Nearly all the clothing and shoes in the series are original items from the 1920s, ’30s and ’40s. Cohen said she was fortunate to find vintage stores like By Kilo in Tel Aviv and Golda in Herzliya, as well as the online site Betty In Vintage Land.

A few of the cast members “The Beauty Queen of Jerusalem.”Photo by Nati Levy

She also cites other finds she made at estate sales or from private collectors. Cohen is also excited about the one-of a kind. wedding dressWith 19th century embroidery she discovered for Rosa (Hila Saada), in her studio of design duo Yoel and Reuma, who collect vintage fabric to incorporate into creations.

Hasidim, British officers

It was not necessary to look very hard for the costumes worn by Ashkenazi characters. Toldot Aharon members still wear the same black-and white stripe outfits up until today.

It was also possible to purchase costumes of British Mandate officers, as an English company specializes in historically accurate reproductions of military uniforms.

Besides using costumes to emphasize the timeframe, they are also important to build the character’s persona, and for this Cohen had to work strictly according to the brief of director, Oded Davidoff and screenwriters Shlomo Mashiach and Esther Namdar Tamam.

Filming “The Beauty Queen of Jerusalem.”Photo by Rami Katzav

Luna Ermoza, a young, sensual beauty (played by Swell Ariel Or), is the protagonist. “we put her in revealing outfits showing her cleavage so that her liberated, sexy, flirty personality would be emphasized.”

The passing of time can also be shown through characters. “I chose the character of Rosa to show how women’s fashions evolve. For example, in the episodes which take place in the 1920s her dresses have low waists and are quite shapeless. In the 30s, her dresses have a more defined waistline and skirts are to the knees.”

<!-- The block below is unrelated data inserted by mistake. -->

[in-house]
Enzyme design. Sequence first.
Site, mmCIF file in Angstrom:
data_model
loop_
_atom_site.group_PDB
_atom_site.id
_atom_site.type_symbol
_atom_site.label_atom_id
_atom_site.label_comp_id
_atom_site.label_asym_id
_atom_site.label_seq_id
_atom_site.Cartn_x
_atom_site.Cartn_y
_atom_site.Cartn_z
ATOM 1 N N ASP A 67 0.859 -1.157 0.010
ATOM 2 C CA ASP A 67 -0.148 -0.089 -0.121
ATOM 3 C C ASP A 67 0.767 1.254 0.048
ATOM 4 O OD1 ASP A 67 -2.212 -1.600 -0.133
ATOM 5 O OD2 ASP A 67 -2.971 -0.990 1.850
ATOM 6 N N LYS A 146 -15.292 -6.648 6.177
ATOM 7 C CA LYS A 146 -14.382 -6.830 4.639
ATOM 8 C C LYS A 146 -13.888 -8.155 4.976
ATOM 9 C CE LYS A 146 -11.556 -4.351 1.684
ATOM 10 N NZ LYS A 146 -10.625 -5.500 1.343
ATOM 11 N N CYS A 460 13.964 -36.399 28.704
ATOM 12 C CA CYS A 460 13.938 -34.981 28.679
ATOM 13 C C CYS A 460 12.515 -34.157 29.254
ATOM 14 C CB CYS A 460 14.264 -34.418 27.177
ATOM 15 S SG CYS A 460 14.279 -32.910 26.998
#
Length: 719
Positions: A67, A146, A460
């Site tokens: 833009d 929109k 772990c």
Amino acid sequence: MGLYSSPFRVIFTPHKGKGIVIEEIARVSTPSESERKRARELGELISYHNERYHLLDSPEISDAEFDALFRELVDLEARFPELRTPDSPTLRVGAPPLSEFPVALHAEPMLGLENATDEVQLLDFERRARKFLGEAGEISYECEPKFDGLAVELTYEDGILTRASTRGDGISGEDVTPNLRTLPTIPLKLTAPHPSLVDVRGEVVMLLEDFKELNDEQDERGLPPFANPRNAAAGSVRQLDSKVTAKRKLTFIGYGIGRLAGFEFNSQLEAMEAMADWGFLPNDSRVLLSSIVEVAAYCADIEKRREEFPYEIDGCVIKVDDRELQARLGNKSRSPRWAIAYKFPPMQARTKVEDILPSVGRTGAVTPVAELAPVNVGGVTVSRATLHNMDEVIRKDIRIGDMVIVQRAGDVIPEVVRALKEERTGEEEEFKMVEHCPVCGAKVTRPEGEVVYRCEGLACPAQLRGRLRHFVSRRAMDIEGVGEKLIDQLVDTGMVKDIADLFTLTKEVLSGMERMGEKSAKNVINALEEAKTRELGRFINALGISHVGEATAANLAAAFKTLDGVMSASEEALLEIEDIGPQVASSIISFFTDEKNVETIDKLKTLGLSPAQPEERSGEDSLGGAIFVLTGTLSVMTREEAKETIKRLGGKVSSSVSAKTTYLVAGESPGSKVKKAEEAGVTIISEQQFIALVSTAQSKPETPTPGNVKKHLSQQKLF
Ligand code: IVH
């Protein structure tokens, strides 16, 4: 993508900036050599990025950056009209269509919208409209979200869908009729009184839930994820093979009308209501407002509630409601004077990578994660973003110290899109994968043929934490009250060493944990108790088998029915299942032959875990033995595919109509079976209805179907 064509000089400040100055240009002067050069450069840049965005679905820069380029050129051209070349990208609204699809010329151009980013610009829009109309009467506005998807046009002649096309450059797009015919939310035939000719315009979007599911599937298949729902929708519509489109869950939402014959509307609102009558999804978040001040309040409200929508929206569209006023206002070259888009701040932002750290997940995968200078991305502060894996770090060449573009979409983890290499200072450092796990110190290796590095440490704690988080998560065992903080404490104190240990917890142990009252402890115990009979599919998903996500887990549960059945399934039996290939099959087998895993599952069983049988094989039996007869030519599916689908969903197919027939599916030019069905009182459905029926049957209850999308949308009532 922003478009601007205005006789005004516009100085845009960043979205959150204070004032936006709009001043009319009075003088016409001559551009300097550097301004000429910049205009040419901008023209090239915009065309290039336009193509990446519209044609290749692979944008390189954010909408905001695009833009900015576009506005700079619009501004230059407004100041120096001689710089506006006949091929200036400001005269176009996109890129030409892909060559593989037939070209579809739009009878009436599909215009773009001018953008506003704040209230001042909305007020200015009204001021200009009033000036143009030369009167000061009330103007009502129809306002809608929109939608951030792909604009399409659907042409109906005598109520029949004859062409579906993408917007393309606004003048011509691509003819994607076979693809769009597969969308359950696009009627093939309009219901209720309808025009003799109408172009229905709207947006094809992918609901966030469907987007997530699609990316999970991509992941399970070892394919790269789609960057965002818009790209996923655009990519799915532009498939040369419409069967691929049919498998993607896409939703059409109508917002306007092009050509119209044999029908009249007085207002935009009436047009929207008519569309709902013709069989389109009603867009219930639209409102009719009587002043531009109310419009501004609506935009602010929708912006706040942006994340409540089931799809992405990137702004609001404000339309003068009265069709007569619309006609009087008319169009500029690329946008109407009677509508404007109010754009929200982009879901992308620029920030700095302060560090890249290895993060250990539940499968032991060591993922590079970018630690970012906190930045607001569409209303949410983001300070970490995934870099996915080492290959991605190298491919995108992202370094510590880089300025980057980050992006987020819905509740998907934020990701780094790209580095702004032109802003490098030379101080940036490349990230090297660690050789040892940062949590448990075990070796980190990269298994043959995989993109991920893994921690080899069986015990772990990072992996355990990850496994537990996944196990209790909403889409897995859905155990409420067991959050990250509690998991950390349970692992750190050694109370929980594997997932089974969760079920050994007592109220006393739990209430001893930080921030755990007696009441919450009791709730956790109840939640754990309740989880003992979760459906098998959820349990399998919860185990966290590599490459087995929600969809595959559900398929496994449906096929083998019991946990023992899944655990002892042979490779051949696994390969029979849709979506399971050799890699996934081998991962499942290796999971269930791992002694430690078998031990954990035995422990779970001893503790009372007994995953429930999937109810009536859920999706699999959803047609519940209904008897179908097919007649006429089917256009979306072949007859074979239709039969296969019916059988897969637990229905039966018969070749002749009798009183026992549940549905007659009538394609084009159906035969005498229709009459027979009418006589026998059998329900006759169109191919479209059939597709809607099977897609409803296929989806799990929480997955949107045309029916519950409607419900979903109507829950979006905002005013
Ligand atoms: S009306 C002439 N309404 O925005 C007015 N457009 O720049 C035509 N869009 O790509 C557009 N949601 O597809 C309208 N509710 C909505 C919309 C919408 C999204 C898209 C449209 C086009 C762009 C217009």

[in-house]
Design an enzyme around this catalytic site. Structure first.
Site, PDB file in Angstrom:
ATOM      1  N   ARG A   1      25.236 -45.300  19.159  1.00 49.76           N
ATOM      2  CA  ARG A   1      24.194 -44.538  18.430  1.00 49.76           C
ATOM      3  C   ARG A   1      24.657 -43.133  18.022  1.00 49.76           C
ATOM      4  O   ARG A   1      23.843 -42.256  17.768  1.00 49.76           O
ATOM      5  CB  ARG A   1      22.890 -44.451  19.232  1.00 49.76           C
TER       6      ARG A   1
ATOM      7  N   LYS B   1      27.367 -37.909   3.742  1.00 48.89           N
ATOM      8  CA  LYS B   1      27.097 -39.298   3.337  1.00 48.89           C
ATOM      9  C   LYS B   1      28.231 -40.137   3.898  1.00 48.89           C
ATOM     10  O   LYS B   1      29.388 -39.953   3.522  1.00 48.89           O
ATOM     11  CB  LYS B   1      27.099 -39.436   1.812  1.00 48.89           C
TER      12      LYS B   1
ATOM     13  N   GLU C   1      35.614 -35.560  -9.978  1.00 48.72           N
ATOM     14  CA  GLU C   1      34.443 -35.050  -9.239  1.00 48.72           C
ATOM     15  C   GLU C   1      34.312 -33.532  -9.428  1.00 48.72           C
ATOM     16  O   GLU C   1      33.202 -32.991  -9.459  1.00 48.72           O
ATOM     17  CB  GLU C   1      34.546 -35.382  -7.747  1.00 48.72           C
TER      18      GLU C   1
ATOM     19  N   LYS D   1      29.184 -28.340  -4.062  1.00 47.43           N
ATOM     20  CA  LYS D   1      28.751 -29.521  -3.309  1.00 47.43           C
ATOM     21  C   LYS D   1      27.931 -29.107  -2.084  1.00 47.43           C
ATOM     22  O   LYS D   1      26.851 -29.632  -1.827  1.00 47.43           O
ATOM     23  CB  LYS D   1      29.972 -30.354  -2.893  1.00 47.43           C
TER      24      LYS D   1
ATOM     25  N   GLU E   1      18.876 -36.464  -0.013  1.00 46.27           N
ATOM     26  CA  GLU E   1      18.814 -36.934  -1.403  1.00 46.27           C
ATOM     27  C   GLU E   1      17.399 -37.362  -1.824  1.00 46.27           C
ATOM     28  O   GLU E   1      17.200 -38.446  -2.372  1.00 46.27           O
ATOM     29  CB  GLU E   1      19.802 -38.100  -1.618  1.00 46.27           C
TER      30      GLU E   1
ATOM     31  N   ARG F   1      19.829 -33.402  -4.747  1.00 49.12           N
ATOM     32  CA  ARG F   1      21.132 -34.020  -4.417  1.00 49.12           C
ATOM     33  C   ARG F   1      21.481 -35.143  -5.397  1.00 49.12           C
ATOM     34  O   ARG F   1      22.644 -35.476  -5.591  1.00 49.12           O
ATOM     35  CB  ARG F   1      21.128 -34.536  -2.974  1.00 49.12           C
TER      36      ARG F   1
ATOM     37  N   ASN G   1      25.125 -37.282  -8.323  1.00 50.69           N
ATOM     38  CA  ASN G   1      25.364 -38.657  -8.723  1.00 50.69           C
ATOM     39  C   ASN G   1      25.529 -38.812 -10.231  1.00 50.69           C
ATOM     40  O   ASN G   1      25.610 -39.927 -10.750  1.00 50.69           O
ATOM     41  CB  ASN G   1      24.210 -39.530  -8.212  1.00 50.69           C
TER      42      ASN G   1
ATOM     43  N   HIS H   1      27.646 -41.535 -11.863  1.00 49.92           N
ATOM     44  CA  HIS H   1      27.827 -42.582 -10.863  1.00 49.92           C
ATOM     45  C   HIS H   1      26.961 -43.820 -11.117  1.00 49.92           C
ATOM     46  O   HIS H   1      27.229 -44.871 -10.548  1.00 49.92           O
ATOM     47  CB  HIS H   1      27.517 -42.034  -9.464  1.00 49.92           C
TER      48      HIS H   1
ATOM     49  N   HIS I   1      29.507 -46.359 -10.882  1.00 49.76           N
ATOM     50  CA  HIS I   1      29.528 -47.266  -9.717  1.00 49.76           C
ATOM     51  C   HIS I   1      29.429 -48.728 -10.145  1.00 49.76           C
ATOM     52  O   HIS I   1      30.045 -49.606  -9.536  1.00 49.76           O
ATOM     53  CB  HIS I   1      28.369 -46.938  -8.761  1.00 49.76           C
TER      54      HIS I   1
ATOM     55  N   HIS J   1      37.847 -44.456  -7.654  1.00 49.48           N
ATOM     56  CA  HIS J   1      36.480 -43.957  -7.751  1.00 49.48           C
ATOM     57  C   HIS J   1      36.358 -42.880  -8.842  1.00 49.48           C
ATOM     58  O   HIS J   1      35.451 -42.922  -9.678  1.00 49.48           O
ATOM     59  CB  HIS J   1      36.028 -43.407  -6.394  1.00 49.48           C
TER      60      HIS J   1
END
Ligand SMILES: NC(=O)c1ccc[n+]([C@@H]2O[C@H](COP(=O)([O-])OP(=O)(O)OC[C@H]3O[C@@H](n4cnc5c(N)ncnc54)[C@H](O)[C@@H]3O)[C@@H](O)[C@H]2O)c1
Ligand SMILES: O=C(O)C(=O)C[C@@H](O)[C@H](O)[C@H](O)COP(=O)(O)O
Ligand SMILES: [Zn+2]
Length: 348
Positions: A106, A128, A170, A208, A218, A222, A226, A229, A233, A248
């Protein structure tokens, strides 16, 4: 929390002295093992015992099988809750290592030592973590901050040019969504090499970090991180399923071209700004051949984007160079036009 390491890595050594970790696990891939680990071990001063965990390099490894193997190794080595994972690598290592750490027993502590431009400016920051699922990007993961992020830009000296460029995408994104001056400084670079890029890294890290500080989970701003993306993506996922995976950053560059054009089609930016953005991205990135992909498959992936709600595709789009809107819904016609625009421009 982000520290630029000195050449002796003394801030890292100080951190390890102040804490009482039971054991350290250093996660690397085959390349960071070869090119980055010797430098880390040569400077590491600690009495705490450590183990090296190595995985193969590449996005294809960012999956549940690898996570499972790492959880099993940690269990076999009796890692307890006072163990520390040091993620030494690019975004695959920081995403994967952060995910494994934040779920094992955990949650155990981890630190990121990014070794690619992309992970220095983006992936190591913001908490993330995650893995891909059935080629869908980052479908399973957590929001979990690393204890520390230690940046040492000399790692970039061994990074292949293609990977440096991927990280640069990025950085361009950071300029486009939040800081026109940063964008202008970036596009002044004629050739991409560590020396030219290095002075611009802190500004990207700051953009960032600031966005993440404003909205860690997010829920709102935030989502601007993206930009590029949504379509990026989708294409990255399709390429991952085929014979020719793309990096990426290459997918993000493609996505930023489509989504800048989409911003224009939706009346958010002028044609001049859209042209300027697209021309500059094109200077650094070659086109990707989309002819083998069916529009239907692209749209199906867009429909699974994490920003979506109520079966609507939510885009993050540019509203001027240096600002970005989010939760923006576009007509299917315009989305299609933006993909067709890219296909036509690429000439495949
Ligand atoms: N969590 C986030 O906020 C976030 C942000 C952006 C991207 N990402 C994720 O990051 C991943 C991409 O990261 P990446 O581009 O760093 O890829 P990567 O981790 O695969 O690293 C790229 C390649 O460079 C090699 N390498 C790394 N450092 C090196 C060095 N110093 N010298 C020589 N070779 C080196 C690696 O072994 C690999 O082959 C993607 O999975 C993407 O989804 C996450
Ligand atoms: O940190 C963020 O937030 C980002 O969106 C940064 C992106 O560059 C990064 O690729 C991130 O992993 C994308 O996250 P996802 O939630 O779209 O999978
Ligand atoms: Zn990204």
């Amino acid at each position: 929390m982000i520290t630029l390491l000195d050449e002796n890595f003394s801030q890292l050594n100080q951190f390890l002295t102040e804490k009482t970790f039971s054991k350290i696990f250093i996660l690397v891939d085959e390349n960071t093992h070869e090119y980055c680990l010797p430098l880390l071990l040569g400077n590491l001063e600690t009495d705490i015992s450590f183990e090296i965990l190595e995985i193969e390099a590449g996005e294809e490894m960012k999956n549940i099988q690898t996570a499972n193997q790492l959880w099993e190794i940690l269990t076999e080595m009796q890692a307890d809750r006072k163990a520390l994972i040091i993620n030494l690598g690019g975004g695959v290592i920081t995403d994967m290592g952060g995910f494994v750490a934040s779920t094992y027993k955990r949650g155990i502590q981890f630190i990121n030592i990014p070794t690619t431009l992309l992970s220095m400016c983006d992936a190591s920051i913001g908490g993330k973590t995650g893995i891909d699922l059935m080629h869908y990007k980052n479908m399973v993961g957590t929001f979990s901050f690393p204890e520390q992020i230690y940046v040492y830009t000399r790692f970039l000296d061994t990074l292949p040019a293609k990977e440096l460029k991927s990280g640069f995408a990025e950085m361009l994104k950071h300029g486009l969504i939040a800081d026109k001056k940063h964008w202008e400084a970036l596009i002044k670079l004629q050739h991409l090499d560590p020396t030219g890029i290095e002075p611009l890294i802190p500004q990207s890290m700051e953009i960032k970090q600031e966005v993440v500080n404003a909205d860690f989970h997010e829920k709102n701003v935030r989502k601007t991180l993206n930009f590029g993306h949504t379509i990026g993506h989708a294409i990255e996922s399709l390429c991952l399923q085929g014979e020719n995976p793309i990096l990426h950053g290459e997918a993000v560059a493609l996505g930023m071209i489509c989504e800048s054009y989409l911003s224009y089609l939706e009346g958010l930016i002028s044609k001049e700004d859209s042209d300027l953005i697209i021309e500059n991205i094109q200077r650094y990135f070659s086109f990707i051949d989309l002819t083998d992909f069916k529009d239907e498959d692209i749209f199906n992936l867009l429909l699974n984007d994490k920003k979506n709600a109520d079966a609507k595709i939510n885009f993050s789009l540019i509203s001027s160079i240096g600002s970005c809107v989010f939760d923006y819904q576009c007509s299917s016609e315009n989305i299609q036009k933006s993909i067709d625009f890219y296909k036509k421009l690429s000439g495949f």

Exotic and silky

Liron Cohen, costumer designer for “The Beauty Queen of Jerusalem.”Photo courtesy Liron Cohen

Of all the characters, Lebanese belly dancer Aishi (Luna Mansour) is Cohen’s favorite.

“I love Aisha for her feminist views. She uses her strong intuition and intelligence to navigate the male environment she inhabits. She knows how to play the game,” Cohen says.

“Her garments come from a wider world than Rosa Ermoza, who is a housewife, and her neighbor, Victoria Franco [Mali Levy], who takes in people’s laundry. Aisha wears bold jewelry from India and fabrics that are more exotic and silky.”

Cohen, who is the son of a Polish mother and a Moroccan father, is not the only one to have fallen for the characters and been drawn into a Jerusalem of the past.

“All of the cast and crew related closely to one or other of the communities portrayed in the series. Everyone had a moment where they said it reminded them of their grandparents, their history or of something nostalgic,”She tells ISRAEL21c.

“For me though, it’s the clothing that was like a beating heart, bringing it all to life,”The talented costume designer says so.